Washington ― While ballistic and homeland missile defense have grabbed the headlines in recent months due to the growing threat from North Korea, leaders from the Missile Defense Agency outlined Feb. 12 how the Department of Defense is preparing for future threats that could challenges the current ballistic missile defense system.
Specifically, Pentagon leaders are increasingly worried about hypersonic threats.
“The key challenge to U.S. national security and the security of U.S. friends and allies is the emergence of new threats designed to defeat the existing BMDS,” said Gary Pennett, the agency’s director of operations. “The potential fielding of hypersonic weapons capable of launching from any location would create significant sensor and interceptor capability gaps. This evolving threat demands a globally present and persistent space sensor network to track it from birth to death.”
If confirmed, it would mark the second unsuccessful test of the Raytheon missile. It also deals a setback to U.S. missile defense efforts as North Korea makes seemingly daily progress on it goal of striking the U.S. mainland with nuclear-armed missiles.
To respond to this demand MDA is requesting $120 million in fiscal 2019 for hypersonic missile defense. While this is a small segment of MDA’s $9.9 billion budget, it is a significant increase in the agency’s funding for this area. For fiscal 2018, Congress authorized $75.3 million for MDA to initiate the development of a capability to counter hypersonic boost-glide vehicles and conventional prompt strike assets, as required by the FY17 National Defense Authorization Act Sec. 1687.
“MDA will execute a rigorous systems engineering process, identify and mature full kill chain technology, provide analysis and assessment of target of opportunity events, and execute near term sensor and command and control capability upgrades to address defense from hypersonic threats,” the agency’s budget book reads. “This effort will execute the Defense Science Board’s recommendations to develop and deliver a set of material solutions to address and defeat hypersonic threats informed by a set of near-term technology demonstrations.”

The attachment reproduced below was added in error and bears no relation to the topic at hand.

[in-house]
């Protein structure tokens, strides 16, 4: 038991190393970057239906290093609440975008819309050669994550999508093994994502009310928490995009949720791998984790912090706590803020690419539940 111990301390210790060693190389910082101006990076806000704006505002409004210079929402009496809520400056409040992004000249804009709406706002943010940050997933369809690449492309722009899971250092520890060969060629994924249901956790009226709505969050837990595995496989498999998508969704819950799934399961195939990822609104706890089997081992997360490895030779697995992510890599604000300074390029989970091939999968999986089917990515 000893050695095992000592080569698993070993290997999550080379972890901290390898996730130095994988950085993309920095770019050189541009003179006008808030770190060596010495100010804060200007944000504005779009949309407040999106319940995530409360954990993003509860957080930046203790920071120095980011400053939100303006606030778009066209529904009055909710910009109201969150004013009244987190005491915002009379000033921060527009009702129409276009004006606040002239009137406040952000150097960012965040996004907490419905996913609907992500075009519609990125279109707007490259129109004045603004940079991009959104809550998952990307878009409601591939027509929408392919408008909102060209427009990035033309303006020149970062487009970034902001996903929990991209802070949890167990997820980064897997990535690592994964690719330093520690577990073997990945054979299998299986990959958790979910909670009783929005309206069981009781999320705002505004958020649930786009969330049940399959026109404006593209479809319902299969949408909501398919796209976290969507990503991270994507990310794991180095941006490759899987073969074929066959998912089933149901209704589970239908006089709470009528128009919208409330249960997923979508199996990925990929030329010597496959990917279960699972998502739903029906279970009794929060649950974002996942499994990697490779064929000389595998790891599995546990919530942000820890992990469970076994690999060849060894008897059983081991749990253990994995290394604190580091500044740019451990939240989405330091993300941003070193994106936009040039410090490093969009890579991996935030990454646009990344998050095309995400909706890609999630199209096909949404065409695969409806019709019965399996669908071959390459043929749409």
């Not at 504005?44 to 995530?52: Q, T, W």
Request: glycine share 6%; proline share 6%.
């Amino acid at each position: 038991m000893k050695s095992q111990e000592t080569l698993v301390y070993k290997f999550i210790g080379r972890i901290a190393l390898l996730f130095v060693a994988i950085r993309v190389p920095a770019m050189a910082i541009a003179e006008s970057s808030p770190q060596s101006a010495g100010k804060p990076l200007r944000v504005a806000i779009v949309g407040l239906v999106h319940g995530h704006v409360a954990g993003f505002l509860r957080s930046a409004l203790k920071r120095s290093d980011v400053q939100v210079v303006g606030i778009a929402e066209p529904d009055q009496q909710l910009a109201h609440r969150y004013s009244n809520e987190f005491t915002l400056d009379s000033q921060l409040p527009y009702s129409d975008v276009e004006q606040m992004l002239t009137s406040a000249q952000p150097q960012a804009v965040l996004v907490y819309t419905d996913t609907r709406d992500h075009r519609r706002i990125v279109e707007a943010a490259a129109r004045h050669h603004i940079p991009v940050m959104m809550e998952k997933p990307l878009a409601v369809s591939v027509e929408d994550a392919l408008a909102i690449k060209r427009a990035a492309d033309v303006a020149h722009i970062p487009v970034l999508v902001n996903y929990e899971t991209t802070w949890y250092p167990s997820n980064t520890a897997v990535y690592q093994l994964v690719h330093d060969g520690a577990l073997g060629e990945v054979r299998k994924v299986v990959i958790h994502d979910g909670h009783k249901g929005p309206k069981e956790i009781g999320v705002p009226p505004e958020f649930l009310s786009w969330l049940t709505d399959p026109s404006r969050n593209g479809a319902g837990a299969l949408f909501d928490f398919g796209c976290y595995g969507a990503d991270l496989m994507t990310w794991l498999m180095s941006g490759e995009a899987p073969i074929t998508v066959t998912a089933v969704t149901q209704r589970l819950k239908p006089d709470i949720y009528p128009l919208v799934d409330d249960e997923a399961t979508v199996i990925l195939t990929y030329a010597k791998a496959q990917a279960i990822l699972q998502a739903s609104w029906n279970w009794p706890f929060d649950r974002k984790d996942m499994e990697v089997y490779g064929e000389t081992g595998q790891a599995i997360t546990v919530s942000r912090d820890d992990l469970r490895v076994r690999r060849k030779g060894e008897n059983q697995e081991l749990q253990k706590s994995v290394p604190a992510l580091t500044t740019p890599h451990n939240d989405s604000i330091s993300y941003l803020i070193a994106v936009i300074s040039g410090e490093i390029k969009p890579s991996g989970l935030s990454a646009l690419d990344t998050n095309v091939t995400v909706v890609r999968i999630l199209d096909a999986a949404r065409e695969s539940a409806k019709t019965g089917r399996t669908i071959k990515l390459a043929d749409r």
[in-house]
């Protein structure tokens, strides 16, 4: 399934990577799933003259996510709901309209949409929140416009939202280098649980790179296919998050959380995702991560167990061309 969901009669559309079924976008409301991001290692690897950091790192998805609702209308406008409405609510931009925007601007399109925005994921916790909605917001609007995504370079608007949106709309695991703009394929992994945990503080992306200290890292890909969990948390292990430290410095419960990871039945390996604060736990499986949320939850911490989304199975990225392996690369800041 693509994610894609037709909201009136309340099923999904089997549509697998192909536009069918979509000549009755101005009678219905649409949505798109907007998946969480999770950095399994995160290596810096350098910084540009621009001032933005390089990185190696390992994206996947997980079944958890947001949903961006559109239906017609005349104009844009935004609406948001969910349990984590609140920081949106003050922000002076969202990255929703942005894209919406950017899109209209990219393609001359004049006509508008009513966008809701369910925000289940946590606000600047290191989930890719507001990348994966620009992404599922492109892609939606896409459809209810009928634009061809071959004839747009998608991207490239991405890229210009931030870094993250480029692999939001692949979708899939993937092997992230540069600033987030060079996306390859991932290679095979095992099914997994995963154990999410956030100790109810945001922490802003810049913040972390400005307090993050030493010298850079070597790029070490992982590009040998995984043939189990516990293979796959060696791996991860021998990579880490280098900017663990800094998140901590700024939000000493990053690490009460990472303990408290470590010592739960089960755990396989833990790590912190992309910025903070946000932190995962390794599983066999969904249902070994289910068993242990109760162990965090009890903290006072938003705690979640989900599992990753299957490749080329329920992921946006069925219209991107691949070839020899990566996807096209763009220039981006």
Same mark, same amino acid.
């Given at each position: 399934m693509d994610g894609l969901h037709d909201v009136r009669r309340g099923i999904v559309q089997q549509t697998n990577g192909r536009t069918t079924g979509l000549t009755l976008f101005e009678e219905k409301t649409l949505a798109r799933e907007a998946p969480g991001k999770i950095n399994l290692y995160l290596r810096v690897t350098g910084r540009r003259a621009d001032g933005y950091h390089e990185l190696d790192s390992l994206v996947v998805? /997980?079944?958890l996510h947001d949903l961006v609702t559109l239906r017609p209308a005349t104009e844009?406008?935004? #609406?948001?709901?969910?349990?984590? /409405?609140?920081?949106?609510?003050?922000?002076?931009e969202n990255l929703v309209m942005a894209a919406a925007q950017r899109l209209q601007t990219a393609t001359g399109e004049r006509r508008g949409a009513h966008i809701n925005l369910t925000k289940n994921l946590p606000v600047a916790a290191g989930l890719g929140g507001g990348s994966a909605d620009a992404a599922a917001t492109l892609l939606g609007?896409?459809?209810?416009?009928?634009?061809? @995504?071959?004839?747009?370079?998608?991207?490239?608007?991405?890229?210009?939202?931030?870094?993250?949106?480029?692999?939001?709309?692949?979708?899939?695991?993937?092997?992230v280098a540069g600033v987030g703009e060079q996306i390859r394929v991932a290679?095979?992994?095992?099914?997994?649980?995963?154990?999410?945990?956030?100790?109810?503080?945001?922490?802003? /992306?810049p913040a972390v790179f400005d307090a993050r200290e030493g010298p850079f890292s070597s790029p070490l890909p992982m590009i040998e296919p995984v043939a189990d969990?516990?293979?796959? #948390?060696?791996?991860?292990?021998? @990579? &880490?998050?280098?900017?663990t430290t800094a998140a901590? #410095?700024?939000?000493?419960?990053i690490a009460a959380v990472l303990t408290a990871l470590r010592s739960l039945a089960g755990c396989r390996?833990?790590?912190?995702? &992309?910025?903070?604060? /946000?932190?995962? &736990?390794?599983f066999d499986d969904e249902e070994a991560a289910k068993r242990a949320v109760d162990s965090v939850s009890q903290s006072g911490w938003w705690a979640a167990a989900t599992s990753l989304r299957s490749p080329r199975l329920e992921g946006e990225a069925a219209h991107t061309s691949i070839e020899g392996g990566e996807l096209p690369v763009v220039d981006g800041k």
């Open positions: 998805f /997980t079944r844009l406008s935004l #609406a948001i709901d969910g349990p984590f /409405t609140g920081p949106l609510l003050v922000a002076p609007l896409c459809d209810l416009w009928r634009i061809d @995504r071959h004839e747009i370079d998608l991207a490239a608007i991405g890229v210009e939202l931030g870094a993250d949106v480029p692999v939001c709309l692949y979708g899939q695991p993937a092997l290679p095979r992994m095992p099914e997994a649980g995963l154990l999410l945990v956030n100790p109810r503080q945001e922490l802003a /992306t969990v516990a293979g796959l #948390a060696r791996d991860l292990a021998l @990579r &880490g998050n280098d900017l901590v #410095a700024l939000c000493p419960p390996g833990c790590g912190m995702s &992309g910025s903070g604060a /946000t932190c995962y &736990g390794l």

The budget request calls for spending $157 million in fiscal 2020, $142 million in 2021, $117 million in 2022 and $119 million in 2023. In all, the agency asks for $732 million through 2023.
To date only the United States and China are known to have tested hypersonic weapons, which are defined as weapons that travel at least five times the speed of sound. China’s DF-ZF, or WU-14, is believed to have been tested at least seven times since Jan. 2014.
However, it is difficult to determine if these tests were successful. According to testimony from James Acton, senior fellow in the nuclear policy program at the Carnegie Endowment for International Peace, even if the United States was able to track the launch of a hypersonic vehicle with infra-red sensors and early warning launch satellites, there may not be enough information to confidently determine if the test was a success or failure.
“[I]magine that China, unbeknownst to the United States, sought to land a glider within, say, 50 m of a target. If it actually missed by 10 km... China might consider such a test to be a failure or least only a partial success. However, the United States... might incorrectly conclude the test was successful because the glider had flown over the entire planned range,” Acton testified. Without knowing the specific goals of each test, it is extremely difficult to confidently label a test a success or failure.
If MDA, as Pennett suggests, works to field a persistent, layered space sensor network, tracking such tests in the future may become easier, and provide more insight into the Chinese hypersonics program.
Boeing’s experimental hypersonic weapon, the X-51 Waverider, has performed at least four test flights since May 2010. The Waverider set the record for longest hypersonic flight on May 1, 2013, flying for three and a half minutes at its top speed of Mach 5.1.